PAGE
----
Opposition leader Sviatlana Tsikhanouskaya called on the United Nations on Friday to condemn Belarusian President Alexander Lukashenko's ongoing crackdown on protesters since his controversial re-election victory last month.
Belarusians have turned out in en masse for almost four weeks, in unprecedented protests against the official election results that gave Lukashenko a sixth term with 80% of the vote. Demonstrators say the election was rigged and are calling on their leader to step down.
Tsikhanouskaya addressed a virtual informal session of the UN Security Council from the Lithuanian capital Vilnius, where she fled after Lukashenko launched his crackdown.
"We, the Belarusian people, need the help of the United Nations, in order to stop blatant human rights violations and cynical disregard for human dignity," the opposition leader said.
"We ask the United Nations to condemn the use of excessive force by the Belarusian security services against protesters," she added.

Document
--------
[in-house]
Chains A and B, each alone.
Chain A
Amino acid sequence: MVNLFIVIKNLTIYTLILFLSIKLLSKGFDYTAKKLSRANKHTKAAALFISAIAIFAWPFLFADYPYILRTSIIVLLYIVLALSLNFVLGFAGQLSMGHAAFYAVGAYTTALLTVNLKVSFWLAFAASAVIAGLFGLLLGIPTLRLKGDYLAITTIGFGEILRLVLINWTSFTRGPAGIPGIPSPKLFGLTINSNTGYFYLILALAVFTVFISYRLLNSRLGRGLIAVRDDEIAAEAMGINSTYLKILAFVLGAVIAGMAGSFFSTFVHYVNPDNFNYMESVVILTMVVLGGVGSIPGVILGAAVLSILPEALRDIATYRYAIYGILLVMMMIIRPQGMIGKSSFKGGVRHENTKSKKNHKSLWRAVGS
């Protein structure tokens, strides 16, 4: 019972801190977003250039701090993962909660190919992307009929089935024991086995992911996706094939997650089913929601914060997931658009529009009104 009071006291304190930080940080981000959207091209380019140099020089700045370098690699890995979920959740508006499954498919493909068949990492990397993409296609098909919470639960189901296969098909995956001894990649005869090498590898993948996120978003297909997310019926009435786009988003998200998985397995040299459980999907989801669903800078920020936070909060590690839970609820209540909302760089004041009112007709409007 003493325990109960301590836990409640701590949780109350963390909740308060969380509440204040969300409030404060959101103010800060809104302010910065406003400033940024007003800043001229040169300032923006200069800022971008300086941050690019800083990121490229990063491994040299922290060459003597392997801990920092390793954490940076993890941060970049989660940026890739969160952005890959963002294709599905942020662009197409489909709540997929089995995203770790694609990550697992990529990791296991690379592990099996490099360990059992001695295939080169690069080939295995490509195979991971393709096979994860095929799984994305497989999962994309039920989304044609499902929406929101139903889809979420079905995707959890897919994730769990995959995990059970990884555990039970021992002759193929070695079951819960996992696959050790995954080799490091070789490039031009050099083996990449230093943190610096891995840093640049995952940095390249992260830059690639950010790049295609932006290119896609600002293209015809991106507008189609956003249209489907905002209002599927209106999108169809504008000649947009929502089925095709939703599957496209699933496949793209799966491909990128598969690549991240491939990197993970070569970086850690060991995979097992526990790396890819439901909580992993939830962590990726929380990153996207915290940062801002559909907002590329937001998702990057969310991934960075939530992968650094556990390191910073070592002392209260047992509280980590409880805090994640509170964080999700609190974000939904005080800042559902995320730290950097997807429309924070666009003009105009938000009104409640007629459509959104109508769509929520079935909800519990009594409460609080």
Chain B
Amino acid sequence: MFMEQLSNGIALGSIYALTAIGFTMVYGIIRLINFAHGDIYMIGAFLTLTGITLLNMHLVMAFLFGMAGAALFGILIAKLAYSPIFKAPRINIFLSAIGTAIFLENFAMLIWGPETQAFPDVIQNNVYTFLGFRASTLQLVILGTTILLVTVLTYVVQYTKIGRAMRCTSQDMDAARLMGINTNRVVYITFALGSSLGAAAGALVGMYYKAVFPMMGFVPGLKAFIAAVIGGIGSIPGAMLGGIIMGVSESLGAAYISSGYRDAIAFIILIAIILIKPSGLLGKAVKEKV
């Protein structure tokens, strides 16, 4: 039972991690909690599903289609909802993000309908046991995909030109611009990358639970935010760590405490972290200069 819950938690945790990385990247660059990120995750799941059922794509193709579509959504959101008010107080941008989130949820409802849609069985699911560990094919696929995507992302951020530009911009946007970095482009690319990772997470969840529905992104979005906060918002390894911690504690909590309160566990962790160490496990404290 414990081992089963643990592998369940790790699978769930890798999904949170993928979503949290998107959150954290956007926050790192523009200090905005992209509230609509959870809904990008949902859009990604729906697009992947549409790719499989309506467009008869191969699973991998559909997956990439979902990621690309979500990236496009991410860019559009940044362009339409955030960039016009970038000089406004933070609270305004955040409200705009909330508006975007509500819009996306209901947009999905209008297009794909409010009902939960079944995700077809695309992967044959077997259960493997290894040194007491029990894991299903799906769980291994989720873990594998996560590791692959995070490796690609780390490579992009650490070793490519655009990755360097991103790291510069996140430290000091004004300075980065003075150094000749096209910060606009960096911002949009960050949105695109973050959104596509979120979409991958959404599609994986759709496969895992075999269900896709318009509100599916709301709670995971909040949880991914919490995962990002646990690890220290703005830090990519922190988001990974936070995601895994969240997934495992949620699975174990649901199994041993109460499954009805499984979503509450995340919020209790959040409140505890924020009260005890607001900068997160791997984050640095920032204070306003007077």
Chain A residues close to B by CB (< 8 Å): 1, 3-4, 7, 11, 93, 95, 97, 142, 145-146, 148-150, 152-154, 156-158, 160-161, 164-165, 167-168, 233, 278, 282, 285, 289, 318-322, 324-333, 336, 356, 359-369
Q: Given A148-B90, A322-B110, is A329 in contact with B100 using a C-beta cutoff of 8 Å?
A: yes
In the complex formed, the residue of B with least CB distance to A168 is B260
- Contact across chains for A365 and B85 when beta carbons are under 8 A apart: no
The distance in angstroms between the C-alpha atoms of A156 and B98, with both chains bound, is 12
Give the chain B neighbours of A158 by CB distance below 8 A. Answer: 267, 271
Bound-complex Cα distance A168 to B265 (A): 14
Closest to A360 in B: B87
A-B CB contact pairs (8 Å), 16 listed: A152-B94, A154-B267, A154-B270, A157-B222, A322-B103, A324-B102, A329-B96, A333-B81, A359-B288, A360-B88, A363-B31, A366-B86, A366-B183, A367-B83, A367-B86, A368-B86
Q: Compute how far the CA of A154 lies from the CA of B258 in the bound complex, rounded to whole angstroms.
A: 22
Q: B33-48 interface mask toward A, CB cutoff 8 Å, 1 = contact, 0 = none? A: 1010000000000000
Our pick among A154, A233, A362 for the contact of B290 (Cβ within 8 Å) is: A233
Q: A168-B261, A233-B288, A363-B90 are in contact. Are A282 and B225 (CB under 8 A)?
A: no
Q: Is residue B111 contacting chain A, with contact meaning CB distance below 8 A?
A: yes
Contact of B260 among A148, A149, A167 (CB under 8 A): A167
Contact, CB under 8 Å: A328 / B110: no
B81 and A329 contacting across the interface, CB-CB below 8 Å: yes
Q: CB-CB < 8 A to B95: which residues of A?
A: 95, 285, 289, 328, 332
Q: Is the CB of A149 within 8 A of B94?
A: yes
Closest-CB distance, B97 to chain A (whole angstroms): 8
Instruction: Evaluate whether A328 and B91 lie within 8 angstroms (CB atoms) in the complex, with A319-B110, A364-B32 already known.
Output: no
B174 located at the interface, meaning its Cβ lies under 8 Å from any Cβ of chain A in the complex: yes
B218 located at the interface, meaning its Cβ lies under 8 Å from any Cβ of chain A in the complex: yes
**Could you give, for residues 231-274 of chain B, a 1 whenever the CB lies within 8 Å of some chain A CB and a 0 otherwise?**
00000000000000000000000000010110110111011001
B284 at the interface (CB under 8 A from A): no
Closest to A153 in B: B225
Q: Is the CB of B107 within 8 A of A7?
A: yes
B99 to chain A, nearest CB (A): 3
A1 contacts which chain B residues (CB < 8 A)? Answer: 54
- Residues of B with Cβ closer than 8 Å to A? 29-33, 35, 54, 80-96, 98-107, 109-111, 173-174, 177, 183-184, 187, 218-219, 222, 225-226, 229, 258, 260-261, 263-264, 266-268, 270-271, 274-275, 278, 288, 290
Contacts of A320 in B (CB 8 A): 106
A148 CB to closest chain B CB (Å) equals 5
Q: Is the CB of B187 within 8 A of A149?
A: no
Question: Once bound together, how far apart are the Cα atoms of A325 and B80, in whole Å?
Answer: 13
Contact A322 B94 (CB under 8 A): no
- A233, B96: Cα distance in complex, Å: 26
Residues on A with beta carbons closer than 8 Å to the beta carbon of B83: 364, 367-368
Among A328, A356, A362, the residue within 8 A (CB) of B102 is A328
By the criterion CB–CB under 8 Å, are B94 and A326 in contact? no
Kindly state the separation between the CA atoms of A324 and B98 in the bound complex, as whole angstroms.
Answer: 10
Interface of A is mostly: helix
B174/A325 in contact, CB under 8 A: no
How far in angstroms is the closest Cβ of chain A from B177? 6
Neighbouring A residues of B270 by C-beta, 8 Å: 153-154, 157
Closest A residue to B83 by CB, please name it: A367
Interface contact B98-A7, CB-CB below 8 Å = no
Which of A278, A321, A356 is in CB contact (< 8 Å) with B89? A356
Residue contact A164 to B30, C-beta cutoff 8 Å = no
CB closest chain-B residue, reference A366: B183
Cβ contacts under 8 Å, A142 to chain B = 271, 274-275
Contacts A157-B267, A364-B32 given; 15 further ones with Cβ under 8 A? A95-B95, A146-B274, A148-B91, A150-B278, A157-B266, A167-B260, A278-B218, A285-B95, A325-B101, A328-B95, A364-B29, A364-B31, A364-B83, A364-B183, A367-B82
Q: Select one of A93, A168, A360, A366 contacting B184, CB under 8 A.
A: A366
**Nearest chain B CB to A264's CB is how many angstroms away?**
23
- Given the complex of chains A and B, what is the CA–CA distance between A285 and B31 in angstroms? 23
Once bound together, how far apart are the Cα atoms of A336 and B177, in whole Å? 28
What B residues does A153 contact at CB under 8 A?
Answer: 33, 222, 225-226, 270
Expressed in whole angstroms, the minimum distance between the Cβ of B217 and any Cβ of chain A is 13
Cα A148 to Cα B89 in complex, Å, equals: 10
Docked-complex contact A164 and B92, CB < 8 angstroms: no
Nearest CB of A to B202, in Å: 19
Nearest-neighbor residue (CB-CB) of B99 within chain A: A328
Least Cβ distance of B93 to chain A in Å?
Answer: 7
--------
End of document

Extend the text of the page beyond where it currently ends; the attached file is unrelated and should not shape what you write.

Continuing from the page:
Tsikhanouskaya has asked that an international monitoring mission be sent to Belarus and suggested that the UN Human Rights Commission holds a special session on the human rights situation in her country.
She has also called on the international community to impose sanctions on those responsible for electoral violations "and crimes against humanity."
Opposition from Russia and China
Representatives of Russia and China told the UN session that they opposed outside intervention in the internal affairs of Belarus. Both countries hold veto powers at the UN.
"Attempts to internationalize the situation in Belarus can only aggravate things," said Dmitry Polyanskiy, the deputy UN envoy of Russia.
Lukashenko, who has been in power for 26 years, has accused foreign powers of being behind the
protest movement, though he has not provided any evidence for the claim. The opposition has
denied any foreign involvement in the protests, while NATO has also denied Lukashenko's allegation that the defense bloc is massing forces near the Belarusian border.
For his part, Lukashenko has sought Russia's support and President Vladimir Putin has reciprocated, saying he is ready to send police to Belarus at Lukashenko's request if the demonstrations turn violent.
On Friday, the Belarusian defense minister accused the West of waging a ''hybrid war against the Belarusian state,'' applying unprecedented diplomatic, political and economic pressure.
jcg/mm (Reuters, AP)